Park board people then and now are enthusiastic and are have pride in their work, he said.
Kreitlow is extremely modest about his involvement, however he has accrued an impressive list of awards given to him for his conservation efforts.
In fact, the Wright County Board recently renamed Highland Hill, a sledding hill north of Howard Lake, the Willard Kreitlow Winter Recreation Area.
This includes being recognized by Gov. Rudy Perpich in 1990 with a certificate of commendation, having a room named after him at the Ney Nature Center, being observed for 75 years of volunteer service by the Wright County and Soil, Water and Conservation District (SWCD), and parks commission, being given the outstanding conservation award in 1994 by the SWCD, being given another award by the Tri-County Conservation Board from the Clearwater River Watershed Board, and being recognized as conservationist of the year by the Minnesota Conservation Federation in 1995.
He couldn't have done it without the encouragement and cooperation of his wife, Dorothy, he said.
Kreitlow will be honored by the Wright County Board this week for his 42 years served on the park board.
Kreitlow points to the Ney Nature Center as a highlight of his 42 year tenure, although he is quick to point out that it was made possible by other people.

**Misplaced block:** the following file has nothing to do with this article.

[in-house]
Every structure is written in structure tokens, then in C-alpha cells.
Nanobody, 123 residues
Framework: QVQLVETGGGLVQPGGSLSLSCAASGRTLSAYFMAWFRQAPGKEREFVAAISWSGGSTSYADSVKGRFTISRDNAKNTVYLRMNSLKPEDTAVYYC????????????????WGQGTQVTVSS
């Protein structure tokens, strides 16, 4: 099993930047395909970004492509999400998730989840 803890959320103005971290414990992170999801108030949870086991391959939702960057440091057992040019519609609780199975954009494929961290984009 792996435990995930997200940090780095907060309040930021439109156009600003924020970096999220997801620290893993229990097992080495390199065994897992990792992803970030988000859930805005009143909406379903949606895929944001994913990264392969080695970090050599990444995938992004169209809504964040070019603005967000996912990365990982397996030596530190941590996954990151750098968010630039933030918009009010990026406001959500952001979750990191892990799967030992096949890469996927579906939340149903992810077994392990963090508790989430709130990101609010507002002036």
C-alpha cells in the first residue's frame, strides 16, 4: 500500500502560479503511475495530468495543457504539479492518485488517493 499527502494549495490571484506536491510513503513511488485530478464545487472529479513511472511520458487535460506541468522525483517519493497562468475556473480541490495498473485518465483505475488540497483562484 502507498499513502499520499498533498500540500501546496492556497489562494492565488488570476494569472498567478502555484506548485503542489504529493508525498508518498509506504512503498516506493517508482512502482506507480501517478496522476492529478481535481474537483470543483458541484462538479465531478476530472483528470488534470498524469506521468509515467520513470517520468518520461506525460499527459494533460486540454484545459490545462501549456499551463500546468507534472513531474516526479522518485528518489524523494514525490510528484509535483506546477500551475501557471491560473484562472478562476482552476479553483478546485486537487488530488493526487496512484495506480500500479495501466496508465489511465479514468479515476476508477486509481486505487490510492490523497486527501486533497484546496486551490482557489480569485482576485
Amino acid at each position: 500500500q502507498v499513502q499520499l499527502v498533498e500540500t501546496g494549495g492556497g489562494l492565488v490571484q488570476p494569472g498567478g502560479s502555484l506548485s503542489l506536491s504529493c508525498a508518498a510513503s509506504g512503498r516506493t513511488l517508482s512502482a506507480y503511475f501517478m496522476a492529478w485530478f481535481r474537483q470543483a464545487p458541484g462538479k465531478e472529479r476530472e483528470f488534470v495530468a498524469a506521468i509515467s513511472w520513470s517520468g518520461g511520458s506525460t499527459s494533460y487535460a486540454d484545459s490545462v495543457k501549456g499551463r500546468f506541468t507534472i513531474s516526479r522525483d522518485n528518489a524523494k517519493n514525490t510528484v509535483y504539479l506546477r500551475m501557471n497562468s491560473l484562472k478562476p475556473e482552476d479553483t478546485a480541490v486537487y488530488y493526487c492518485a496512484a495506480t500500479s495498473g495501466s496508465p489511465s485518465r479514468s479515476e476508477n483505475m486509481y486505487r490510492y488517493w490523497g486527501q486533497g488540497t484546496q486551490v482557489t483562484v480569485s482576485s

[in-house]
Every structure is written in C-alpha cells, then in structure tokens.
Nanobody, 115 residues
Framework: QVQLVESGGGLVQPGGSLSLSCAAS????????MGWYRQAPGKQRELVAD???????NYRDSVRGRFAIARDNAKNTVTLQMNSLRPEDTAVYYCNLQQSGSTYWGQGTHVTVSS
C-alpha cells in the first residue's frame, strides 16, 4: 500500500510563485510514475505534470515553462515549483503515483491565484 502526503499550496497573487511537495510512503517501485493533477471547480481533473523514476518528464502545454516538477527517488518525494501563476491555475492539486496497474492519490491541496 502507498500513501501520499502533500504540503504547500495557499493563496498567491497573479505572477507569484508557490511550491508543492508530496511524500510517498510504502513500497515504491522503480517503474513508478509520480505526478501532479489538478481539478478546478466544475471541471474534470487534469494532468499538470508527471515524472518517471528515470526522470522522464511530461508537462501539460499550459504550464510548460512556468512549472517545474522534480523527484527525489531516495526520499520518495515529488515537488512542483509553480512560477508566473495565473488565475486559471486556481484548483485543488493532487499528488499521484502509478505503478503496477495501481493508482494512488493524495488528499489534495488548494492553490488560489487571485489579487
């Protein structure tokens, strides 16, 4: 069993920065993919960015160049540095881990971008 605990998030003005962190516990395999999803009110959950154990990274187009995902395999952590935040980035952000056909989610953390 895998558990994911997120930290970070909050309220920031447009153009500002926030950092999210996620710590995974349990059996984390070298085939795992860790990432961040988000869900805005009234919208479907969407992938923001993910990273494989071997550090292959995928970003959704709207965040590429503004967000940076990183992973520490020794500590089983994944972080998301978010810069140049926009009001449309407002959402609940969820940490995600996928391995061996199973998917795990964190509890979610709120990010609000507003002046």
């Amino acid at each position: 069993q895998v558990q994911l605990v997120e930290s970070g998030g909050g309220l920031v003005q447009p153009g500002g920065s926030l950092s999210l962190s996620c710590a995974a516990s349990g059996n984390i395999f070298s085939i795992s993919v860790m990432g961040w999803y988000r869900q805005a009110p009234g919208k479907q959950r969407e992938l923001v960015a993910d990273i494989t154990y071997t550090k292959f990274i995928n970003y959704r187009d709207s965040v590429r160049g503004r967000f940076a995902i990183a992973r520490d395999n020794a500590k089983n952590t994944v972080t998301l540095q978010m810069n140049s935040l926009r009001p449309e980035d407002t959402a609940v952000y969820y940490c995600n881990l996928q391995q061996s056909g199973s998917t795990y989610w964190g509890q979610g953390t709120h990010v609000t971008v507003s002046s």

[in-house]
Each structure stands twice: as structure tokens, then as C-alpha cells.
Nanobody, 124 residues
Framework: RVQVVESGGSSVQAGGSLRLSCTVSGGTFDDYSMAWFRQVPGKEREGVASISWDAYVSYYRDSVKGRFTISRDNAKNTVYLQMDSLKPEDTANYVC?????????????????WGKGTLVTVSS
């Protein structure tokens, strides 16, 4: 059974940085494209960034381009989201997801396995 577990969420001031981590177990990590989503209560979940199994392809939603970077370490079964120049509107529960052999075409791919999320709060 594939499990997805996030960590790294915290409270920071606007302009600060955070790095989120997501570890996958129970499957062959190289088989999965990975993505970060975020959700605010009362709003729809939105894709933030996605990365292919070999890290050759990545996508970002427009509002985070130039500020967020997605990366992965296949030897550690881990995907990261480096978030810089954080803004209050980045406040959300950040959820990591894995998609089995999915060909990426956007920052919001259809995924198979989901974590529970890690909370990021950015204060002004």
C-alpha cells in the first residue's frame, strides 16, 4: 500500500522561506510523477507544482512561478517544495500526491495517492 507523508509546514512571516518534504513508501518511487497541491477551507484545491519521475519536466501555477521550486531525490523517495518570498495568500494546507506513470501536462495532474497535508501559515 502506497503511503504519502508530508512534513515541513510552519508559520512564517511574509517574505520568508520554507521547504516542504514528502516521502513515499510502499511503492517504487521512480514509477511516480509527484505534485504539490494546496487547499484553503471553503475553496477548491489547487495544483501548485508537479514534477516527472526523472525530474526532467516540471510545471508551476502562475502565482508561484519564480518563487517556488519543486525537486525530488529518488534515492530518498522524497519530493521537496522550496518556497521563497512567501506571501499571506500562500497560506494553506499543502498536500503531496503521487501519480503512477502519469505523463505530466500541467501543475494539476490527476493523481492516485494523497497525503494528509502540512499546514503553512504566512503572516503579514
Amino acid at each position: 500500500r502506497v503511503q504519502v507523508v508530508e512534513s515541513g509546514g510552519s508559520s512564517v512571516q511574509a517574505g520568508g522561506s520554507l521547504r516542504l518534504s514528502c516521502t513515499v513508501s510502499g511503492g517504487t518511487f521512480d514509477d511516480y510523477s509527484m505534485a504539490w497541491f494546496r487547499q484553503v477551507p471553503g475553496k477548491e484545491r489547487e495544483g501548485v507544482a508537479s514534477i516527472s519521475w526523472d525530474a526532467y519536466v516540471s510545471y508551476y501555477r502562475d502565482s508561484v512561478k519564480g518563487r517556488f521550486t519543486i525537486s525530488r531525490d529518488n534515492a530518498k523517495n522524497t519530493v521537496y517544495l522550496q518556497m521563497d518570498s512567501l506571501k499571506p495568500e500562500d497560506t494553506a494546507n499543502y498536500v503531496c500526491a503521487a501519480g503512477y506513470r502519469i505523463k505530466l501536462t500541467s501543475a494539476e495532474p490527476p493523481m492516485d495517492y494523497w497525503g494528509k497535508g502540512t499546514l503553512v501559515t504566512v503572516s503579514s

The Ney Park Nature Center impresses and educates more than a thousand fifth graders each year, in addition to several other projects related to various community education groups, 4-H, and Boy Scouts, among others.
In 2002, Ney Park was selected for the second year in a row to be the host site of the Leopold Education Project.
This project is an innovative educational program based on the writings of the legendary conservationist Aldo Leopold, said Marc Mattice of Ney Park.
"The goal is to install a love, respect, and admiration for the land," Mattice said.
Those in attendance included k-12 educators, conservation leaders, natural resource professionals, 4-H and Scout leaders.
The Parks Department sponsored eight programs during the winter of 2001 at Ney Park and one program at Collinwood Park that were open to the general public and designed for the family.
They were: Birds of Prey (hosted by the U of M Raptor Center), Exploring the Winter Sky, Moonlight Cross-Country Ski, Fish and Fish Management, Collinwood Classic, Woodworking For Wildlife, White-Tailed Deer, and Winter Bird Feeding.
In March, Ney Park and Nature Center will host two activities, Center, outdoor survival workshop Sunday, March 9, (no charge), and wood working for wildlife, Sunday, March 23.
For reservations and more information, call (763) 682-7693 prior to March 14.
The Ney Nature Center will be open to the public every Saturday in March, noon to 4:00 p.m.
The public is welcome to ski/hike or snowshoe the trails, examine wildlife mounts/displays, watch a nature video, or read a book.
Legacy of the park board members
a network of parks
There is a network of Wright County parks that include the following:
COUNTY RECREATIONAL PARKS
Beebe Lake Regional Park
Located six miles east of Buffalo on CSAH 34.
This park features a swimming beach, reservable shelter, picnic area, 1.2 miles of hiking trail, volleyball, modern restrooms, group camp, fishing dock, and creative play area.
Park is open May through September and has a caretaker on duty. Fees are charged for use of shelter and group camp.